Welcome to our winter newsletter.
We had a great time at the Shrewsbury Flower Show in the summer and heard some fascinating stories about people’s houses. Two sisters whose grandmother lived in a tiny thatched cottage told me that it had been struck by lightning setting the roof on fire. Their grandmother was only 10 and as the family huddled on the stairs during the storm she was struck on the shoulder. The lightning burnt an imprint of her vest strap into her skin and she was unconscious for two days. Fortunately she made a full recovery and the upside of this near tragedy was that she was completely fearless for the rest of her life.
The plot thickens
We love a mystery and welcome a challenge, but what do you do when a cottage evidently built in the 17th century doesn’t appear on maps until the mid-19th century? Furthermore, it had three rooms and no other buildings around it except barns, yet two families each with at least five children gave variations on this property’s address at exactly the same time. Curiouser and curiouser. Despite these drawbacks we still managed to write a 68-page book about the property and remain vigilant for future clues we can pass on to our client.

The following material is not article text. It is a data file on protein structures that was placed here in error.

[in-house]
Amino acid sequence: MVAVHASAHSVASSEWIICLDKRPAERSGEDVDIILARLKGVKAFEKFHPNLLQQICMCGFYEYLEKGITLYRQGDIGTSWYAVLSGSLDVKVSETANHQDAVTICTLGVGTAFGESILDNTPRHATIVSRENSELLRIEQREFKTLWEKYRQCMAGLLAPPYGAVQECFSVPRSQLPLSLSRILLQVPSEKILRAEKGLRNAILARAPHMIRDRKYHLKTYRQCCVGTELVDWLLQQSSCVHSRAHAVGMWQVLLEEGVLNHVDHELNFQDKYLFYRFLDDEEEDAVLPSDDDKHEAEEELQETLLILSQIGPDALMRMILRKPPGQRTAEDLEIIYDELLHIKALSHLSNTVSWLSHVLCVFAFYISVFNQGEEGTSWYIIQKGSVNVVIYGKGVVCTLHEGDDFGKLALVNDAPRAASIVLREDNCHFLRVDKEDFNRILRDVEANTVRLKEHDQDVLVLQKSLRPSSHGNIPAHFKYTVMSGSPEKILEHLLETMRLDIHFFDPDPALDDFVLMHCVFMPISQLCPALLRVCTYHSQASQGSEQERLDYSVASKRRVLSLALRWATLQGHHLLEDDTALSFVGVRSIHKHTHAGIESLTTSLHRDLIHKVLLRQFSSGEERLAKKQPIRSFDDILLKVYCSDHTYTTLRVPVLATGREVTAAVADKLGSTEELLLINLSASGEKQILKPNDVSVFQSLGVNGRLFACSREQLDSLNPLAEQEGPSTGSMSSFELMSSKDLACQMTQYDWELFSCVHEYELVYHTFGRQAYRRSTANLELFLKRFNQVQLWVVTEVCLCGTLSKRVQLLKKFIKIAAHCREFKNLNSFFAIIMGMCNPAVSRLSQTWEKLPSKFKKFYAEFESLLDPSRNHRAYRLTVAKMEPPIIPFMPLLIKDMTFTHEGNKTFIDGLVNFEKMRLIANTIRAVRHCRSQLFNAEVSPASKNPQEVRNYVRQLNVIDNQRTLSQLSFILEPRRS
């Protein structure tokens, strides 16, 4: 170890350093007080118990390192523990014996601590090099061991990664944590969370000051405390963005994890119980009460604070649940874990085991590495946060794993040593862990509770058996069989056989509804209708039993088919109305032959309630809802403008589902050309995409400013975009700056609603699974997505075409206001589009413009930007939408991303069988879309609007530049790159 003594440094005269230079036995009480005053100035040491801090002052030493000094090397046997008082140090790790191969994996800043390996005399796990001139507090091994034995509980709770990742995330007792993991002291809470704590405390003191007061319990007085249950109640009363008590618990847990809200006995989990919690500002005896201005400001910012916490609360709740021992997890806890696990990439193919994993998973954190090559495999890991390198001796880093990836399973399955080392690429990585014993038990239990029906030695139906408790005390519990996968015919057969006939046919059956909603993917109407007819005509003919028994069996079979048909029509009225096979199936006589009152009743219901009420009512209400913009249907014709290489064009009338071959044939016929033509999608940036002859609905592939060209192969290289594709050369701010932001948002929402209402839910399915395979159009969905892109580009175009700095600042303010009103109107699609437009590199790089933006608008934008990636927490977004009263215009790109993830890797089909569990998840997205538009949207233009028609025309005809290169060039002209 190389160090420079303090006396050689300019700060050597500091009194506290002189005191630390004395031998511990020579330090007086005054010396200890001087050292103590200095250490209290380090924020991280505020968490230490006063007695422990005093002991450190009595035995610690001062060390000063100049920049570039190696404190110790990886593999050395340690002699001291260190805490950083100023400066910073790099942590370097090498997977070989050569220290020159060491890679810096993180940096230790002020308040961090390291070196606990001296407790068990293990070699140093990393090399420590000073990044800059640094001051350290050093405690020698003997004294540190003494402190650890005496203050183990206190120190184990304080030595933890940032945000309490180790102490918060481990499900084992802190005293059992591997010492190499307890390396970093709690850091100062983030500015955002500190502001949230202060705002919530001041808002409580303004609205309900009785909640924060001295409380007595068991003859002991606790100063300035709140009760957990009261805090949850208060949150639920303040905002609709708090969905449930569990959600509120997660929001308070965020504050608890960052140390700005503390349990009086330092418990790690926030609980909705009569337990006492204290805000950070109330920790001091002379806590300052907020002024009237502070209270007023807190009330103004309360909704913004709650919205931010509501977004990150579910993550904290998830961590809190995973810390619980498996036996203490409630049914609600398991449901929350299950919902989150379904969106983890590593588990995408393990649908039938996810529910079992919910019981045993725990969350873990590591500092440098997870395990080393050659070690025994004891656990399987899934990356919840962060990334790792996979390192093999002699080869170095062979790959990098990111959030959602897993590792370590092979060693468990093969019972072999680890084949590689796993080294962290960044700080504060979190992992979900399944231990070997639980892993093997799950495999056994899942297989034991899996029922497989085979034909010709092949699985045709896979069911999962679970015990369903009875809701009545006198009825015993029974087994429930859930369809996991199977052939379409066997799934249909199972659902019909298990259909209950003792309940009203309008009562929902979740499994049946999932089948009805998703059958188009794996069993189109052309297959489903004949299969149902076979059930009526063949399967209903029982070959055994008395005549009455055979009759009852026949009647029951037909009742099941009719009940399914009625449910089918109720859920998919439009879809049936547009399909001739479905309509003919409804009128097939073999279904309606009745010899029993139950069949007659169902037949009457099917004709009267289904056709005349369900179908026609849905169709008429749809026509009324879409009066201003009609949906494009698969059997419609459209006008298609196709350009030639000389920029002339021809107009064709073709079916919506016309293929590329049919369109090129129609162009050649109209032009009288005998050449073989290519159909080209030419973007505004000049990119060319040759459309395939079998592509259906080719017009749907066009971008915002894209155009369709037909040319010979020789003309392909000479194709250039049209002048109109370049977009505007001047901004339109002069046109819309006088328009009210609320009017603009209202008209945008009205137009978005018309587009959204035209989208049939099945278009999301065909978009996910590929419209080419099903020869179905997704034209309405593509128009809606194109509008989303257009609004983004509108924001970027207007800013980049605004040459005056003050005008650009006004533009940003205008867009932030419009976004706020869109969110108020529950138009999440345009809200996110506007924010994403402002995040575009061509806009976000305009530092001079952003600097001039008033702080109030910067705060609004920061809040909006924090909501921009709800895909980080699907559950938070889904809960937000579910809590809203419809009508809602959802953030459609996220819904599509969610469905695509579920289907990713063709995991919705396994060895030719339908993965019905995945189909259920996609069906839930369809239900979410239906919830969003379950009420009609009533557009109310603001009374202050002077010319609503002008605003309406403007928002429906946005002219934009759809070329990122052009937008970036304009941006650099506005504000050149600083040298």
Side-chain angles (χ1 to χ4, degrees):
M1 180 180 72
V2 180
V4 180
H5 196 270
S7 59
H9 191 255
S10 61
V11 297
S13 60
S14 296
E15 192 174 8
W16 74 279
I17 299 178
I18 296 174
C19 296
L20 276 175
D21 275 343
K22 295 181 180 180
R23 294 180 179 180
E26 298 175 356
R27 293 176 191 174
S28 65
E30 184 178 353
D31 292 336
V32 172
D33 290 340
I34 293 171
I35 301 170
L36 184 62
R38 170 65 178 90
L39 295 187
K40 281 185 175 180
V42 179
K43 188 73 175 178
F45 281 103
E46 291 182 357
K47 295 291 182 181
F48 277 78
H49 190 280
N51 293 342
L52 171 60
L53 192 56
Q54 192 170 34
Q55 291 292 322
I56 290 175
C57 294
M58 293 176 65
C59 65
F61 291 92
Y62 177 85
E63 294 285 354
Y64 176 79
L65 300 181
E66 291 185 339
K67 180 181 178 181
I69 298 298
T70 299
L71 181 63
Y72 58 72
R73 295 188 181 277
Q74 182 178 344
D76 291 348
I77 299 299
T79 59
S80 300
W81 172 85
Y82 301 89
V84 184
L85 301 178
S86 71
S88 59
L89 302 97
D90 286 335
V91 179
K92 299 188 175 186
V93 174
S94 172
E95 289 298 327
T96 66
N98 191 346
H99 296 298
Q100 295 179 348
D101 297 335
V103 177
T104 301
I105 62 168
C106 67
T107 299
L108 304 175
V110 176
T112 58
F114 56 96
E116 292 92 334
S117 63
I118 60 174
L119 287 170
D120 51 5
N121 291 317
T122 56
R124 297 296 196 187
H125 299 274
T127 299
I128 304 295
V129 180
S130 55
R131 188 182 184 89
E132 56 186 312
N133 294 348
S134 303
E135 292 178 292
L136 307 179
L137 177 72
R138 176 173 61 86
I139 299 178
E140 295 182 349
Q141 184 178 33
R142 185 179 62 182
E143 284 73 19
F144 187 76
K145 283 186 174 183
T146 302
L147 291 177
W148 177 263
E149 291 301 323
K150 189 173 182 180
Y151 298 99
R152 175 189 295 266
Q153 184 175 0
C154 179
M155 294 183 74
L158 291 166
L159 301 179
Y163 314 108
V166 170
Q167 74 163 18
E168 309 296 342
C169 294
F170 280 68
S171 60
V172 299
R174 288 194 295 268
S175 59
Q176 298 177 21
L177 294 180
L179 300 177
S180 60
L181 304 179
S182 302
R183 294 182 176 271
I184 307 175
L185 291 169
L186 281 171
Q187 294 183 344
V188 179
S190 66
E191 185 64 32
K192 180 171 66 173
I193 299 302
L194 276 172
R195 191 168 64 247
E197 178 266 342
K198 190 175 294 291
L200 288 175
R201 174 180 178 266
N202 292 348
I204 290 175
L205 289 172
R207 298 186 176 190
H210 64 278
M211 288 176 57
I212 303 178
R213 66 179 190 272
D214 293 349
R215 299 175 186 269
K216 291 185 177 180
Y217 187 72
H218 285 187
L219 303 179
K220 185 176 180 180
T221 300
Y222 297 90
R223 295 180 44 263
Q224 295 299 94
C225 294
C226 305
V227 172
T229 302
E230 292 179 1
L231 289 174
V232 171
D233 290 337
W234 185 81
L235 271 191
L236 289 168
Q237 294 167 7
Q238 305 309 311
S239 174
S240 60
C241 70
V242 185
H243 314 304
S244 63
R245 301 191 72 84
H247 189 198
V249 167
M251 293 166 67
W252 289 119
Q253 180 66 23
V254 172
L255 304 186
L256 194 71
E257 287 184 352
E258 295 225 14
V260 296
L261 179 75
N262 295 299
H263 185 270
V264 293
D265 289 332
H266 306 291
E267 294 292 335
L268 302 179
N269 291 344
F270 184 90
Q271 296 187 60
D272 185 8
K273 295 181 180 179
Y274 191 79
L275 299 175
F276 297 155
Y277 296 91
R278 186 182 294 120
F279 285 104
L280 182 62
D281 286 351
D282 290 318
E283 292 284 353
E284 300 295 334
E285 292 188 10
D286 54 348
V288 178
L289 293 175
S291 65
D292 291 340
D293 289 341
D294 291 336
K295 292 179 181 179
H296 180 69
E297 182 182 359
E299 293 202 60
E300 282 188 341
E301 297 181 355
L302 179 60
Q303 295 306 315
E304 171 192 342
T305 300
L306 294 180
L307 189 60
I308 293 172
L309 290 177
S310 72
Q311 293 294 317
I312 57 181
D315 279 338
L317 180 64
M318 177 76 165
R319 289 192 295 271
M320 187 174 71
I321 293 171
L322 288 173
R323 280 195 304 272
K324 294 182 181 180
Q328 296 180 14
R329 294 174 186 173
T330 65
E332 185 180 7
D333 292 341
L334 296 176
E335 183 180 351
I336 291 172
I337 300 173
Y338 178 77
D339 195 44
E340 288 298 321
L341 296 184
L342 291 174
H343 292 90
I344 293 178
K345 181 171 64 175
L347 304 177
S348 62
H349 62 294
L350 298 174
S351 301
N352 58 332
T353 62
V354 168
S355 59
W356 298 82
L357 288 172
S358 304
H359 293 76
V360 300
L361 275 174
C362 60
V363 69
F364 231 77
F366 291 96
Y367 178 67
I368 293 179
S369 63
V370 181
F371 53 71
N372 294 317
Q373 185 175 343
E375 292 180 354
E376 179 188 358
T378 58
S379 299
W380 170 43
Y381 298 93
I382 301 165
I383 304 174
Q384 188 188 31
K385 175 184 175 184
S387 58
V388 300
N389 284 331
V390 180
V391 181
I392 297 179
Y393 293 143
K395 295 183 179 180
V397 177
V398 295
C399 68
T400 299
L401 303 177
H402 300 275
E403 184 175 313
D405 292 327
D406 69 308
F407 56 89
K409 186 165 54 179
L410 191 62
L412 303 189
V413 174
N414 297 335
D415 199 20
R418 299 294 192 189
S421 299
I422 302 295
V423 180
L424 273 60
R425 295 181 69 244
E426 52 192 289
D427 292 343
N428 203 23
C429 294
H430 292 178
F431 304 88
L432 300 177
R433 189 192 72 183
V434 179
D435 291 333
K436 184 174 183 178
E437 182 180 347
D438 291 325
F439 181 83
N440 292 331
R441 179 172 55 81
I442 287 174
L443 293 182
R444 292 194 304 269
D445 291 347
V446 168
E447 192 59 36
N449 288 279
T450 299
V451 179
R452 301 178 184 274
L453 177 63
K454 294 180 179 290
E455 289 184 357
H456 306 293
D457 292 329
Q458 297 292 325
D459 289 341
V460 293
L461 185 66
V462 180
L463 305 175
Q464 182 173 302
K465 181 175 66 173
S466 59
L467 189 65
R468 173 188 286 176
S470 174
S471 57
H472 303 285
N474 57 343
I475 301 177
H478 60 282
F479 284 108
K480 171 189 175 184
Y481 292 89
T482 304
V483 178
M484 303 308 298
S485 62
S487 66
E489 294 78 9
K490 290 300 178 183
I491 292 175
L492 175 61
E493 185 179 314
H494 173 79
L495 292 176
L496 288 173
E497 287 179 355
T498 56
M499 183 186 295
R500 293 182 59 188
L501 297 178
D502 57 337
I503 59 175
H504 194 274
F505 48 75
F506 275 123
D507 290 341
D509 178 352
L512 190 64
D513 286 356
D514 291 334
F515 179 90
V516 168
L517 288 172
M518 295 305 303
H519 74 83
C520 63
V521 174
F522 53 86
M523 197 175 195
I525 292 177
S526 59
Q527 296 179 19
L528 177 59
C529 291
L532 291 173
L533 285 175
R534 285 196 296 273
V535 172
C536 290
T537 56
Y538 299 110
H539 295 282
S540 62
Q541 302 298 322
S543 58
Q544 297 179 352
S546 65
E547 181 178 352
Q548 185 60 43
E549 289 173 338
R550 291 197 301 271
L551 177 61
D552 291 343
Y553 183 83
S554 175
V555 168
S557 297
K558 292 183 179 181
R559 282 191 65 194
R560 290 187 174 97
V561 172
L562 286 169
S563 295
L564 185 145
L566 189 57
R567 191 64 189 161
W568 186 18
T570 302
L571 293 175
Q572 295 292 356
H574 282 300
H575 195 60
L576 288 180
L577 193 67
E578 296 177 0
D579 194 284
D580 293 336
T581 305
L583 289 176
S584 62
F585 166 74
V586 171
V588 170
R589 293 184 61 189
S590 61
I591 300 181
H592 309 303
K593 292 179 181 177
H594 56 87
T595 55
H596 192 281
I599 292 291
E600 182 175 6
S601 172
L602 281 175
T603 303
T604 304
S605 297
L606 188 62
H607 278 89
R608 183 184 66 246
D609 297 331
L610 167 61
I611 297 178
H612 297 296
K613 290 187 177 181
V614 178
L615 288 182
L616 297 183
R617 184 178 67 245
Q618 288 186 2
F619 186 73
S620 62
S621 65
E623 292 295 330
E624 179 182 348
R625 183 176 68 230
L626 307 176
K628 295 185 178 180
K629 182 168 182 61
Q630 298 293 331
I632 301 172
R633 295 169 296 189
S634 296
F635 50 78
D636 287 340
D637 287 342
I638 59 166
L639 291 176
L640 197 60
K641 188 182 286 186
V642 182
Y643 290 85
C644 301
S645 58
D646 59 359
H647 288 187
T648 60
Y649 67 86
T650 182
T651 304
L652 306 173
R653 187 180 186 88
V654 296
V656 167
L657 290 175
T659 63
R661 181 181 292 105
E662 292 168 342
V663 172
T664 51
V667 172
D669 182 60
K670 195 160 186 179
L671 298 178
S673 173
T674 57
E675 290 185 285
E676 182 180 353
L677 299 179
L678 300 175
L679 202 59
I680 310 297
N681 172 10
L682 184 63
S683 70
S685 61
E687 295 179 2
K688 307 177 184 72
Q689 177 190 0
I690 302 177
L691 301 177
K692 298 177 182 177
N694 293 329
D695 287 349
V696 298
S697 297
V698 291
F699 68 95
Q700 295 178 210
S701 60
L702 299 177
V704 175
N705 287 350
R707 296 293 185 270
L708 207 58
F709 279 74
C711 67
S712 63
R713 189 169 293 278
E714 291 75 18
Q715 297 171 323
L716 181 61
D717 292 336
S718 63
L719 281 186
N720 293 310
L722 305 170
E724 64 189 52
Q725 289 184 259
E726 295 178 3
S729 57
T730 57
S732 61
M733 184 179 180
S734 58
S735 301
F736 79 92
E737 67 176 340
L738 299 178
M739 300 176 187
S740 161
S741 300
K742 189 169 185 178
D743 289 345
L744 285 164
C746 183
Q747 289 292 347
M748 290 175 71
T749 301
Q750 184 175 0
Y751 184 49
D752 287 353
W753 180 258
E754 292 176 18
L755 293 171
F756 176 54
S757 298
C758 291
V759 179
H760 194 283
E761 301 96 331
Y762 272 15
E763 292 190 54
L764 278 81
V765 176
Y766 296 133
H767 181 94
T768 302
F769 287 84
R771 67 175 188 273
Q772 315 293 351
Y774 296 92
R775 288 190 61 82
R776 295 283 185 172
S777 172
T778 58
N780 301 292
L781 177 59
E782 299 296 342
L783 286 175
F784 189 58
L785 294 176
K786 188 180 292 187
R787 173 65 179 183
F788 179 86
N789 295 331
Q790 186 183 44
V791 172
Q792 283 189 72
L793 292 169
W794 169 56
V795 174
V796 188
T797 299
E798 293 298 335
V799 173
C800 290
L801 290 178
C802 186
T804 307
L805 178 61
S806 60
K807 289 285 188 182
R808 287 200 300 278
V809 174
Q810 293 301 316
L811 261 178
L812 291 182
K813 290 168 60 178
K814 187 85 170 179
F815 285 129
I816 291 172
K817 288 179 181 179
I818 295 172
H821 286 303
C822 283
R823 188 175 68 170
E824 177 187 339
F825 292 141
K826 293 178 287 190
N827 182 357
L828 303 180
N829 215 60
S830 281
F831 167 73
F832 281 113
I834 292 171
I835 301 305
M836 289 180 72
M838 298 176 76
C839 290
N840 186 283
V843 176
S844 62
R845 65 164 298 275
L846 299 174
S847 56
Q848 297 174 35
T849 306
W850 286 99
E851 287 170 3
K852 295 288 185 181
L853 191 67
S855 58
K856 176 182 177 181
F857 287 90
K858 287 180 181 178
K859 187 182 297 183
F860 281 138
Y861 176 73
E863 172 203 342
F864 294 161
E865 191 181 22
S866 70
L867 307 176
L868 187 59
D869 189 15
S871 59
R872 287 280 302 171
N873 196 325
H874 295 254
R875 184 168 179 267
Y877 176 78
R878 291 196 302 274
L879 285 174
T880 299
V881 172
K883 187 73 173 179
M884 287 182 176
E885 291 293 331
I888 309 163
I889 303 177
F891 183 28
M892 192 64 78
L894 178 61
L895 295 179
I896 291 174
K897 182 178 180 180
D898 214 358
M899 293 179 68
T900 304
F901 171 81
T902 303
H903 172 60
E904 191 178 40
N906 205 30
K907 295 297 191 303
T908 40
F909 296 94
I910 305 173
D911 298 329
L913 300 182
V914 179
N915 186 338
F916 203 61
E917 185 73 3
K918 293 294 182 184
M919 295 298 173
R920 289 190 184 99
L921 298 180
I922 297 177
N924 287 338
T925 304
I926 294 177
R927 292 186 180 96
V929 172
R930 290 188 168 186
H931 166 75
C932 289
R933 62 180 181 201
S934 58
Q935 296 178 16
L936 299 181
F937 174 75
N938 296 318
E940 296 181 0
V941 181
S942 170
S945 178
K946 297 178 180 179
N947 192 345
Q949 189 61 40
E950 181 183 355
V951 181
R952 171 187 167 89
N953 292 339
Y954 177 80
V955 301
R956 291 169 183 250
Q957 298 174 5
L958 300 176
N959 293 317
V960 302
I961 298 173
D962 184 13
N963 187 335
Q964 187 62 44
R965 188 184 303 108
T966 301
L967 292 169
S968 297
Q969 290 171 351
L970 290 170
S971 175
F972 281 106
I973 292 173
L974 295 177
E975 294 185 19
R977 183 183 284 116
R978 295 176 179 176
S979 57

If you live on or near a farm, you can find out a lot about it in the National Farm Survey that was carried out in 1941-43 to assess how the country could improve its food production. It is remarkably detailed, listing all the crops grown, numbers of cows, sheep, horses, poultry and so on. Dig a bit deeper and things start to get personal with information about the farmer including the surveyor’s opinion of his or her abilities. These comments can get quite sharp. I have seen ‘lacking in experience’, ‘lazy’ and even ‘incompetent’.
Fortunately, the farm we are researching at the moment received a more positive accolade: ‘Excellent farmer. Grows a lot of very good potatoes.’
I enjoyed an excellent day at the inaugural conference of the Society of One-Place Studies of which I am now a member. This is the home of local historians who focus on a place rather than individual families and they proved to be an interesting group. The theme was World War One and I learned about the 1909 horse census which requisitioned 135,000 horses from farms and families across the country at the outbreak of war. On a lighter note we heard about the estate owner who appeared before a tribunal to prevent his chauffeur being called up (he was not successful). After the war memorial committees were set up across the country to plan how to commemorate those in their community who had died. In 1988 an inventory of war memorials put the number at over 62,000 across the UK.
From the archives
Shropshire superstition from Salopian Shreds & Patches 1875.
‘I well remember laying hold of my mother’s russet gown. We had to pass through a small wood when, lo, silence was broken by the insolent chatter of a magpie. My poor terrified mother instantly wet the tip of her forefinger and made the sign of the cross upon her left shoe, requesting me to do the same. She said crossing the foot with spittle would prevent the chatter of the magpie bringing us bad luck.’Posted in News